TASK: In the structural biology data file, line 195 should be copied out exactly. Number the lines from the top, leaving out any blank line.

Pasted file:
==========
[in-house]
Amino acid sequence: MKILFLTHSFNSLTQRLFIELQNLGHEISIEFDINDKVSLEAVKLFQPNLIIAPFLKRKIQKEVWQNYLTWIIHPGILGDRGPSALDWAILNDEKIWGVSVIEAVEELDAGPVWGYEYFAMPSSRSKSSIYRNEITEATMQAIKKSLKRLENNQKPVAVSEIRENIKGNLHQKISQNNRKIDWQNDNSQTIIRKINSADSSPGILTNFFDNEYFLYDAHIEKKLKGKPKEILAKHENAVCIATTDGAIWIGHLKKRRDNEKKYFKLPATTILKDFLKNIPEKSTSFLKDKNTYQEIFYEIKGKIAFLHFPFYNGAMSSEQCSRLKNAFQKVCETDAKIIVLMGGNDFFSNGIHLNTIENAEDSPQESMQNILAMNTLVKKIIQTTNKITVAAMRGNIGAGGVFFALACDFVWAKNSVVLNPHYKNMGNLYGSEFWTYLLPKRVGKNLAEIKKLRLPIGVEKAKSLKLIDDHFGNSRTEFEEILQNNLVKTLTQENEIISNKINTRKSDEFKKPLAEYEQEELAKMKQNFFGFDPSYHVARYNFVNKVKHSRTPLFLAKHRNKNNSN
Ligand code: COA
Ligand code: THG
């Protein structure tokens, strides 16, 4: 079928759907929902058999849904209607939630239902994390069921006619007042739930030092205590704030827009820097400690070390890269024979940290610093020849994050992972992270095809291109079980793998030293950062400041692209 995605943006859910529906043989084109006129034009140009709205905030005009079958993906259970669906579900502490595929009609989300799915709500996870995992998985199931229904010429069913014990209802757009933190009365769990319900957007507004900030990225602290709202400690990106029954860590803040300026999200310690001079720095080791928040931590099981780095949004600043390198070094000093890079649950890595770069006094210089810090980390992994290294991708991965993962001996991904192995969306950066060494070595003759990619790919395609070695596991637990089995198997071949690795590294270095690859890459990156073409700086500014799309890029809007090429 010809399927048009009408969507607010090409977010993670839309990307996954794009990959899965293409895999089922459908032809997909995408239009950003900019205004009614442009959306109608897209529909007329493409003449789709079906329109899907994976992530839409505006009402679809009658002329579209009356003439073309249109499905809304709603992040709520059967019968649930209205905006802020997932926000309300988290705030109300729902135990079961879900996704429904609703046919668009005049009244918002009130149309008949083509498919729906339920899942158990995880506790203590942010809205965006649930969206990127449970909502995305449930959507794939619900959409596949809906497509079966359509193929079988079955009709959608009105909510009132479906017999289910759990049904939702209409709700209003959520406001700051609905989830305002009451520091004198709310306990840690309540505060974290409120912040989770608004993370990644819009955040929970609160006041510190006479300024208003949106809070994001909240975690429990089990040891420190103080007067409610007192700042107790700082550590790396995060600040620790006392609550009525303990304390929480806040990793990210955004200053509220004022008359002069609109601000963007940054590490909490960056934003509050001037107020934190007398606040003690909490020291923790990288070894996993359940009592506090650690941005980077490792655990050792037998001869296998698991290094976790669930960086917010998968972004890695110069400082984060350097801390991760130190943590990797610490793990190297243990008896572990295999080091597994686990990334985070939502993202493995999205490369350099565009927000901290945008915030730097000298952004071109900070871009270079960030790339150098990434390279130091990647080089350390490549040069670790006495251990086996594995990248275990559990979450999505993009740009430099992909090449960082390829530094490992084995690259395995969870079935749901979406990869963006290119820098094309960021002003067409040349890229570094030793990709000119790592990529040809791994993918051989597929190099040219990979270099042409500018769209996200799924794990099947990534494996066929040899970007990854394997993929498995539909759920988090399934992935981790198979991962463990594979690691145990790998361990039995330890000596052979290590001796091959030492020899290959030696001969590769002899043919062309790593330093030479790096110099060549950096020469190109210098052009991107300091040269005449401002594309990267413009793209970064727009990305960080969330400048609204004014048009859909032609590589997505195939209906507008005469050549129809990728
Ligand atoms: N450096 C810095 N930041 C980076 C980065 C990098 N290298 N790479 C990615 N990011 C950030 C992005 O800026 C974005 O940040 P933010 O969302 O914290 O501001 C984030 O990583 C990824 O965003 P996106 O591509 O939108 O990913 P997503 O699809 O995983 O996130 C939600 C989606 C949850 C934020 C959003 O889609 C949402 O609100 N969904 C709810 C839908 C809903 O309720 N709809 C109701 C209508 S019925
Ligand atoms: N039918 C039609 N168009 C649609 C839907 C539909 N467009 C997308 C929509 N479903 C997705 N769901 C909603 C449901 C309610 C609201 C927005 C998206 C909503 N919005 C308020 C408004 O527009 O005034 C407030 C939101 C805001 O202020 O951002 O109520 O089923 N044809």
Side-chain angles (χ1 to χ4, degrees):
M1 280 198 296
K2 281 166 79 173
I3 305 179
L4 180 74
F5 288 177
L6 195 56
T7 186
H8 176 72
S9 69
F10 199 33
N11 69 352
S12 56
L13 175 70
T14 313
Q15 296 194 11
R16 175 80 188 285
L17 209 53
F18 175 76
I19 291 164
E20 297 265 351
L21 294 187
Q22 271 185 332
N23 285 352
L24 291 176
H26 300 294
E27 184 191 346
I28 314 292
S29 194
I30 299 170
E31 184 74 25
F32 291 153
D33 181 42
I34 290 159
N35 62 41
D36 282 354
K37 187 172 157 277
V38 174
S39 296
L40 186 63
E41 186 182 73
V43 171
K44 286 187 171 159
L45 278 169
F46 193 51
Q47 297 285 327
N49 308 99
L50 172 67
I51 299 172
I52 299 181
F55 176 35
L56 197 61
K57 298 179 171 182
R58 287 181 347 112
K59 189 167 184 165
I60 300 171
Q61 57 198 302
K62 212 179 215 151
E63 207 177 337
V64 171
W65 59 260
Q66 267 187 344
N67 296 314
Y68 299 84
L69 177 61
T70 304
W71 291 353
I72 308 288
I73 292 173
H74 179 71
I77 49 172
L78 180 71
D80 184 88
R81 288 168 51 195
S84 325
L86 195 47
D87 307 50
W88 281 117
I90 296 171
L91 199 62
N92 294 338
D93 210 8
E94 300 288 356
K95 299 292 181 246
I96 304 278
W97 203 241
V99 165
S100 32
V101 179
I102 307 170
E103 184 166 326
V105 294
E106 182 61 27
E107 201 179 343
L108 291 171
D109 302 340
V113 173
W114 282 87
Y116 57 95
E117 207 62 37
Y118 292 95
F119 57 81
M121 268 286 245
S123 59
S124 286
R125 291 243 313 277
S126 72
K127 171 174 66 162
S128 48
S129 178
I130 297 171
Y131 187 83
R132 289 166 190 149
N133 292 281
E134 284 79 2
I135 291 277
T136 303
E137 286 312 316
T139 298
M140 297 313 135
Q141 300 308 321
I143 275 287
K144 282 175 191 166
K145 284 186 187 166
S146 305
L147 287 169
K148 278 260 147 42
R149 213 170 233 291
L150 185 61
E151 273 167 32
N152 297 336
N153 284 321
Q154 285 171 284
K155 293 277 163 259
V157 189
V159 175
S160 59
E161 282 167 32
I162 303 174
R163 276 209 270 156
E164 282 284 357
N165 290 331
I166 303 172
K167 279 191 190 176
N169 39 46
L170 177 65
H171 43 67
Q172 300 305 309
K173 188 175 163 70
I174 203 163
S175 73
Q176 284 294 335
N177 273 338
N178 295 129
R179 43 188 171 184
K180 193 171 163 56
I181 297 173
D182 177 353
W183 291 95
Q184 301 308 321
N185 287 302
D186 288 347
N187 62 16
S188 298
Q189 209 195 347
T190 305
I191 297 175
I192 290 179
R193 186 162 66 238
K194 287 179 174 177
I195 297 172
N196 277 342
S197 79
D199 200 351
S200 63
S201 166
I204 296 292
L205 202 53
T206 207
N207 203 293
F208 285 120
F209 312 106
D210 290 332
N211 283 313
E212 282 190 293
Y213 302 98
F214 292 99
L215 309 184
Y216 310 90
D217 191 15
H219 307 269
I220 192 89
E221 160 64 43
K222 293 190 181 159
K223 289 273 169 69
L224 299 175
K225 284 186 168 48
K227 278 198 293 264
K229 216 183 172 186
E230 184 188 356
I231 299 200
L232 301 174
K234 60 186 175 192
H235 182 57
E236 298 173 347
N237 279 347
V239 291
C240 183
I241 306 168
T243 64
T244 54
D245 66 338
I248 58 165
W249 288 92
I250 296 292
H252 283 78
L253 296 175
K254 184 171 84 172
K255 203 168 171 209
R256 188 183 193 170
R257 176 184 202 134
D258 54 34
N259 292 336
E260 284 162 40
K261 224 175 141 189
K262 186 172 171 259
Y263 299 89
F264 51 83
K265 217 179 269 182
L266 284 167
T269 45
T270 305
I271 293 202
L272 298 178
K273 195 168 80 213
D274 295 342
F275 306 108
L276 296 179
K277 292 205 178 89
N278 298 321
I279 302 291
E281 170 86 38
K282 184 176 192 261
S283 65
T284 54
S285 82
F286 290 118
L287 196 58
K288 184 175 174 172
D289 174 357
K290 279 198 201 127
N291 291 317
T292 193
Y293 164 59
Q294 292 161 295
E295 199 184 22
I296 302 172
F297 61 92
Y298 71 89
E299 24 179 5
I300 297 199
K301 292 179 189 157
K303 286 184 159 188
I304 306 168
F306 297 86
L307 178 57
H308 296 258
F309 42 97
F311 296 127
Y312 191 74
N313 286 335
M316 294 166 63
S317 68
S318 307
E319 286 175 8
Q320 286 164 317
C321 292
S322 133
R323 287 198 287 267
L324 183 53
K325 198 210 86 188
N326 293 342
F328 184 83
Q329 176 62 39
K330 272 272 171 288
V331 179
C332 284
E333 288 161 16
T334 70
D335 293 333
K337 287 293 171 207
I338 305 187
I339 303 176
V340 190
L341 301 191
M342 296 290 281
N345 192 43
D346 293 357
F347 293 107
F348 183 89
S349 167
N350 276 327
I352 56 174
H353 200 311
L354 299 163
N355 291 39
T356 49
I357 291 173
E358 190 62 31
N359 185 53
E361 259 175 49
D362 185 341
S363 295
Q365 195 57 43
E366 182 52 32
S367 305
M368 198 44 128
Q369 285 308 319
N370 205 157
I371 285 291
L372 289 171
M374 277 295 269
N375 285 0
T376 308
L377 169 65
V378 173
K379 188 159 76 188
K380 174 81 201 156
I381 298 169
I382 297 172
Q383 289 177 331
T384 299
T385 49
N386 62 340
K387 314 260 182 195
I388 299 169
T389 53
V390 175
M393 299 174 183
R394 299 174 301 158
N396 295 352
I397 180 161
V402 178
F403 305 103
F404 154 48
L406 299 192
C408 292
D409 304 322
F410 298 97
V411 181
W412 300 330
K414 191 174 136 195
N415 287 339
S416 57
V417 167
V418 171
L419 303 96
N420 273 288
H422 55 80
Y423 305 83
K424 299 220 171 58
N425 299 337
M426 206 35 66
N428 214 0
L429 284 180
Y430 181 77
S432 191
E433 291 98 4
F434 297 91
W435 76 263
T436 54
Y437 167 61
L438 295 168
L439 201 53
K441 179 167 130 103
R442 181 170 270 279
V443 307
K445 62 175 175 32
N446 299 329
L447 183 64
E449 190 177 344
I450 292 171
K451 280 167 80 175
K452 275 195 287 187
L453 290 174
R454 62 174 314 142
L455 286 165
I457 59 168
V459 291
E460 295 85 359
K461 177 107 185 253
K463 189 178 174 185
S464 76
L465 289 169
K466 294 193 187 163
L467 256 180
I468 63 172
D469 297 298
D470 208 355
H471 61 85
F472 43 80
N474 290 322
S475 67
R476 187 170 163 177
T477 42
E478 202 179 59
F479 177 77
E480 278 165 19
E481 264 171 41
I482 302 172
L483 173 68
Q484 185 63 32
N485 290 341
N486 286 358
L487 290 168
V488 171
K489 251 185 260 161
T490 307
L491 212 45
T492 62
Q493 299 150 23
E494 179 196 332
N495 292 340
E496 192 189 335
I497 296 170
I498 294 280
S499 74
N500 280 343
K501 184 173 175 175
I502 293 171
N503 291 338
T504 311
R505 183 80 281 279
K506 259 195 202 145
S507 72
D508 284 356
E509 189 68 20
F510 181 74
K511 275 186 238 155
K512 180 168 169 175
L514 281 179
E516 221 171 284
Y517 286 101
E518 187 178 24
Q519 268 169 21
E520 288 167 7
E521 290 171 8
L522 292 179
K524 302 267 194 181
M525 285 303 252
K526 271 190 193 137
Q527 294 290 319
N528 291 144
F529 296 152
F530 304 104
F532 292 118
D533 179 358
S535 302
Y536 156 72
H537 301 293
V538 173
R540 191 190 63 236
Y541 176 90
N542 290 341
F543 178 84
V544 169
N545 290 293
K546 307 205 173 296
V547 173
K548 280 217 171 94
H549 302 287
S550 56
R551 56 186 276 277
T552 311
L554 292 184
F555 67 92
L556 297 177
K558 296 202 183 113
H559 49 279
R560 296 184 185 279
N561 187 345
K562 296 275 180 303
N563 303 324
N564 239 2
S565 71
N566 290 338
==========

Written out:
L215 309 184